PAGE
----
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Chilean Malbec continues rise as UK Roadshow ramps up focus on diversity

Published:  05 February, 2018

Sales of Chilean Malbec increased 51% in 2017, accounting for 12% of all Malbec sold in the UK, spearheading the fast growth of several of Chile’s emerging varieties.

Malbec was among several less mainstream varieties from Chile that are being pushed by importers at this year’s Wines of Chile Roadshow in London, Manchester and Edinburgh, where Pais, Cinsault, Carignan, Cabernet Franc, Viognier, Riesling and Muscat joined the likes of Carmenere and cool climate Pinot Noir at the forefront of ‘alternatives’ to the mainstream at the tastings.

Chile has for a while been attempting to broaden the focus beyond its best known grapes, such as Cabernet Sauvignon and Sauvignon Blanc, while building a more premium image and position for its wines.

The rise in Malbec, although from a small base at just 4% of Chilean exports, represents a significant boost for the country, tapping as it does into the massive popularity of the grape, and contributing to a decline in Argentina’s total Malbec UK market share from 69% to 61% between 2016 and 2017.

Looking to the bigger picture, Sauvignon Blanc remains a big driver for Chile, with off-trade volume sales up 3% in 2017, followed by Cabernet Sauvignon (down -2%), Merlot (up 11%), red blends (down -9%) and Chardonnay (down -2%).

However, with typically fresh, accessible styles of Malbec on the up, aromatic varieties such as Riesling and Viognier are also on the rise, with sales uplift (from admittedly small bases) of 151% and 57% respectively, with limited shipments of indigenous Pais and Mediterranean varieties such as Carignan and Cinsault adding to this broadening profile.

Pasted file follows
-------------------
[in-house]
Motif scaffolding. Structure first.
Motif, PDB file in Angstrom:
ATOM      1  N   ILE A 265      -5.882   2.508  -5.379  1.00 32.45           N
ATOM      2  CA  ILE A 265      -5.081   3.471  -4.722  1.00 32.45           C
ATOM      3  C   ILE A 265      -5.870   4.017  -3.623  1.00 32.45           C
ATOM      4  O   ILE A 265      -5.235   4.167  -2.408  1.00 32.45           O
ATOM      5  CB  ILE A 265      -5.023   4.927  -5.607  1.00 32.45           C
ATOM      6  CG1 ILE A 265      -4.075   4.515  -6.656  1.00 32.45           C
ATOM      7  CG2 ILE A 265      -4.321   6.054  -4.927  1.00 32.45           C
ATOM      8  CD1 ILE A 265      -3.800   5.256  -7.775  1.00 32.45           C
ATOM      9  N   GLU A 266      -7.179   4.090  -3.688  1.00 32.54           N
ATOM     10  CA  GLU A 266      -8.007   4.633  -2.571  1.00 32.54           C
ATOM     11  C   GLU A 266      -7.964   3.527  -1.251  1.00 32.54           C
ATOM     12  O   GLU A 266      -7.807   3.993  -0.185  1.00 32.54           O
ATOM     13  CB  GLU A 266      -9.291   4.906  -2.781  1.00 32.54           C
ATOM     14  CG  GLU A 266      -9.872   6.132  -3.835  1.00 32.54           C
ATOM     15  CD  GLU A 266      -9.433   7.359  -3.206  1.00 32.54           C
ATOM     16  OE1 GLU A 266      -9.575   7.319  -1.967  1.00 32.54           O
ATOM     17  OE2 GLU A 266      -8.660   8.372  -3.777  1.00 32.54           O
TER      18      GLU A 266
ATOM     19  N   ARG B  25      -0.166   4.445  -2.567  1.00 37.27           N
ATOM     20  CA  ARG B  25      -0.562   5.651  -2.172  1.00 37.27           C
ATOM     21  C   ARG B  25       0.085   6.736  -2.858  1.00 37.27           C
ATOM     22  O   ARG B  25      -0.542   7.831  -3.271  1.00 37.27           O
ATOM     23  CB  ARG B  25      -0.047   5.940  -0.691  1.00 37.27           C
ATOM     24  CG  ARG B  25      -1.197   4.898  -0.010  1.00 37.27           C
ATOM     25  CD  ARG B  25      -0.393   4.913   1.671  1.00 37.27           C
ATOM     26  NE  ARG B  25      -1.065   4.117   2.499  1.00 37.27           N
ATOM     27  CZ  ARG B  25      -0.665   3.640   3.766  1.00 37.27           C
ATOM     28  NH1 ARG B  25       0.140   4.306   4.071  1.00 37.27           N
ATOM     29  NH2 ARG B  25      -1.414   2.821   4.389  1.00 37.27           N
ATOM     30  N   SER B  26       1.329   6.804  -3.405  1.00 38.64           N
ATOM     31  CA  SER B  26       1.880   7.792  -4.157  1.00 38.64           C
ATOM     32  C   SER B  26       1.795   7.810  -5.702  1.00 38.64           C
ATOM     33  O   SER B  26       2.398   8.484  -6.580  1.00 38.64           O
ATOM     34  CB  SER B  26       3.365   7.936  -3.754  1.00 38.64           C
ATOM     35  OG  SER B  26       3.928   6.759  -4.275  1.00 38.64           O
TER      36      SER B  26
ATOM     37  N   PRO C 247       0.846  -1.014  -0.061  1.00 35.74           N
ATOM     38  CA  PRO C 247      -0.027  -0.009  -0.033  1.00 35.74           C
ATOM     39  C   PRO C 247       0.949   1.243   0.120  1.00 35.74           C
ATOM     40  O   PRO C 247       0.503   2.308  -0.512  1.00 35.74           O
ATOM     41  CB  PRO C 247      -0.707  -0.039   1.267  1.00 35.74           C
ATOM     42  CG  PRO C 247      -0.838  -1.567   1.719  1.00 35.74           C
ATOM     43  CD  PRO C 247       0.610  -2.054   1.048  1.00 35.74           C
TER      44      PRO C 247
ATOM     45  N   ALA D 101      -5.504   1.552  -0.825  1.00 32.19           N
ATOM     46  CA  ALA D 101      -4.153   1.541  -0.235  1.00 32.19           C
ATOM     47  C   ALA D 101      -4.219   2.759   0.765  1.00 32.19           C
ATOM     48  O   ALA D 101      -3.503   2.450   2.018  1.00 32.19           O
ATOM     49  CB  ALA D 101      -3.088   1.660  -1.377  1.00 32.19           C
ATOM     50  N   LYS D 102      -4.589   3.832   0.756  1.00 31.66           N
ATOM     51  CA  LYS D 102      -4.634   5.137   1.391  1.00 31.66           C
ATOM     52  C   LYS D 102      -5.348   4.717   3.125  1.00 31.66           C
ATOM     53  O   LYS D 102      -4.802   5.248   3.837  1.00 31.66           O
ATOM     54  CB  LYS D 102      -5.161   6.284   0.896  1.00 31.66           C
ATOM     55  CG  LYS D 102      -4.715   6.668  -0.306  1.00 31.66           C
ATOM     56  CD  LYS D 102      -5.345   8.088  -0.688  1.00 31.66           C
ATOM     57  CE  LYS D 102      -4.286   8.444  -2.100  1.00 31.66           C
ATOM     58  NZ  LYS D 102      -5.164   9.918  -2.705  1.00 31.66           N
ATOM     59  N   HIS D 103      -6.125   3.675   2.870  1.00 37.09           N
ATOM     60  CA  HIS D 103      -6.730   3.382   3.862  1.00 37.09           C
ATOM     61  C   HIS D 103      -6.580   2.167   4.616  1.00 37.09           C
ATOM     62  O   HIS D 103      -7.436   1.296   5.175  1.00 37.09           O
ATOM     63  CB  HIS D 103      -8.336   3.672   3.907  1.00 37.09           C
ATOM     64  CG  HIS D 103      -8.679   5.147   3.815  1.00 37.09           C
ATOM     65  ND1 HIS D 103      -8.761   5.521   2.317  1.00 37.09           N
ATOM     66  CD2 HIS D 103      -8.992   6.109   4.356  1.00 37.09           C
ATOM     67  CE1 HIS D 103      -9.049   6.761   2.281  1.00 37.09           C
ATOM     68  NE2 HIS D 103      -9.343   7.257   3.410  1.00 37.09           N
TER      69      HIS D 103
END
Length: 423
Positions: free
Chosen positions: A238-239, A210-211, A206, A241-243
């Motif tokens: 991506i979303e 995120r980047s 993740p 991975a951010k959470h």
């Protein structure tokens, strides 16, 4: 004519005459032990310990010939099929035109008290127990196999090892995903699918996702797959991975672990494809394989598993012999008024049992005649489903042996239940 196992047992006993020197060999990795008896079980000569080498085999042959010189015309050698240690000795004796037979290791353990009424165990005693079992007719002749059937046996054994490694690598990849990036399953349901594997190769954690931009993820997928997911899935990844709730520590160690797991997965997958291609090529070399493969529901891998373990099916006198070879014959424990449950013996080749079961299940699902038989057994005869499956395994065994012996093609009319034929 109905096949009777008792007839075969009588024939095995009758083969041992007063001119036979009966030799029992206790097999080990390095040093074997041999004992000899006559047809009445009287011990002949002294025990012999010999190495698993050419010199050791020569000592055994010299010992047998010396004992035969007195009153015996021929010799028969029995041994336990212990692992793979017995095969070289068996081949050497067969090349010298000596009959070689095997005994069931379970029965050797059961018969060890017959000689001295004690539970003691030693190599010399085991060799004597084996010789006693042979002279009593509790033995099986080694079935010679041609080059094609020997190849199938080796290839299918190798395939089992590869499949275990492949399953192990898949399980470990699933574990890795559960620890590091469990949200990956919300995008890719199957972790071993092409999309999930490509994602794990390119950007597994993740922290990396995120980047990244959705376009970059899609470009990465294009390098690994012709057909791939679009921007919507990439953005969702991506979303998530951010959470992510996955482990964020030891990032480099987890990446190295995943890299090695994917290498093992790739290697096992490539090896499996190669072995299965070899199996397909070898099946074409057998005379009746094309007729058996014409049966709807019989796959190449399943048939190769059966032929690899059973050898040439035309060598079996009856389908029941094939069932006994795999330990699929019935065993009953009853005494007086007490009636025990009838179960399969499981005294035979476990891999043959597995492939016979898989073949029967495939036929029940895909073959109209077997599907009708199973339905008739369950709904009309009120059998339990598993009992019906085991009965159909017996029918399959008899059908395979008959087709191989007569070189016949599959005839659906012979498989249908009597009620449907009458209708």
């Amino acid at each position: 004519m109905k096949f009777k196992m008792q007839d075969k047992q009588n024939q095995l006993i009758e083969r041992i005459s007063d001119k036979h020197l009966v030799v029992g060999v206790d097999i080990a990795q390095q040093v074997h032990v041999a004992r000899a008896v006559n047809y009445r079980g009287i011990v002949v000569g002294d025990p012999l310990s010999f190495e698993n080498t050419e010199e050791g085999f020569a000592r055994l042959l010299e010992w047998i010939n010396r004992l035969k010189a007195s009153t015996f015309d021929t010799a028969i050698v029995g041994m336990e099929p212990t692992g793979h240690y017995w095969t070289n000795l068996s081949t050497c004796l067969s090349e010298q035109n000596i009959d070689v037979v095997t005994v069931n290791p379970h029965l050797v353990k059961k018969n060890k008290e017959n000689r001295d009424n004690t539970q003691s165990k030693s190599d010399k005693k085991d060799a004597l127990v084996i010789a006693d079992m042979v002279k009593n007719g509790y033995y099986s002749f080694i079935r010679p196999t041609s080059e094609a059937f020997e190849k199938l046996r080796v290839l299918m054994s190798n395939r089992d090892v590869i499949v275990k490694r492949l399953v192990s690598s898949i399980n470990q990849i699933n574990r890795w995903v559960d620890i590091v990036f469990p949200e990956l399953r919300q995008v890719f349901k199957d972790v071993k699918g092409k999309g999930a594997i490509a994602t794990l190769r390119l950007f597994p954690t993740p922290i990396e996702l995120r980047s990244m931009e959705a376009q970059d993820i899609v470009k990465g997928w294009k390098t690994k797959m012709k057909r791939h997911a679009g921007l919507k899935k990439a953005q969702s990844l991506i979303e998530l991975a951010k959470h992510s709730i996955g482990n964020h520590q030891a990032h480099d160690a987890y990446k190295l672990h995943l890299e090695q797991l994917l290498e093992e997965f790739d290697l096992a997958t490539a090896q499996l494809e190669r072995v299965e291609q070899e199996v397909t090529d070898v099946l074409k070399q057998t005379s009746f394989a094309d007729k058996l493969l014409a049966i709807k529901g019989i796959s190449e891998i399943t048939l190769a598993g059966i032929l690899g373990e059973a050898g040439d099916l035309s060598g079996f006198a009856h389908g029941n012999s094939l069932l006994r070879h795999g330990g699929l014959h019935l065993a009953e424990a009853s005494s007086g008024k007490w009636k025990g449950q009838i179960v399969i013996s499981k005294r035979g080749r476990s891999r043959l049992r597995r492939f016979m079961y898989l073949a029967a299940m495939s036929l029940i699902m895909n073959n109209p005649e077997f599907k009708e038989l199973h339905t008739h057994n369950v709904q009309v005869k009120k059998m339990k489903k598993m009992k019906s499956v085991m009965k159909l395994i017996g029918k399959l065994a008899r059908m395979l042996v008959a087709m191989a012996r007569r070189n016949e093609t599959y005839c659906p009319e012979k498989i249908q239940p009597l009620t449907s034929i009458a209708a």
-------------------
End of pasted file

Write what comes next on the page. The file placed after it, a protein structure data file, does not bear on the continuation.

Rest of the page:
“I’ve been banging the drum about keeping it exciting, we’ve encouraged people to show innovations, what’s new,” said Wines of Chile’s UK director Anita Jackson, speaking at the London Roadshow.

Jackson admitted that while Chile is performing well in the UK off-trade, including the more premium platform provided by independent merchants, the off-trade remains a tough nut to crack for a country whose wines have generally been perceived as good value entry-level options.

Recent Nielsen figures show that volume increased by 4% and value increased by 3% last year in the UK off-trade, while the market share of countries such as France, Argentina and Australia were in decline. Meanwhile the average off-trade bottle price for Chilean wine edged up to £5.31.

However, in the on-trade Chile faired less well, sitting in fifth position by volume, and fourth by value (ahead of Australia and only just behind USA), having shown a decline of 7% and -3% in volume and value respectively in the twelve months to March 2017.

Chile and its importers are confident that a continued push on its emerging varieties, coupled with promotional and educational programmes directed at independent merchants and sommeliers, will help build awareness and engagement foe the country more generally at a premium level.

Fuller reports on Chile will appear in Harpers South America and SITT supplements, published with Harpers February print edition and online from 9 February 2018.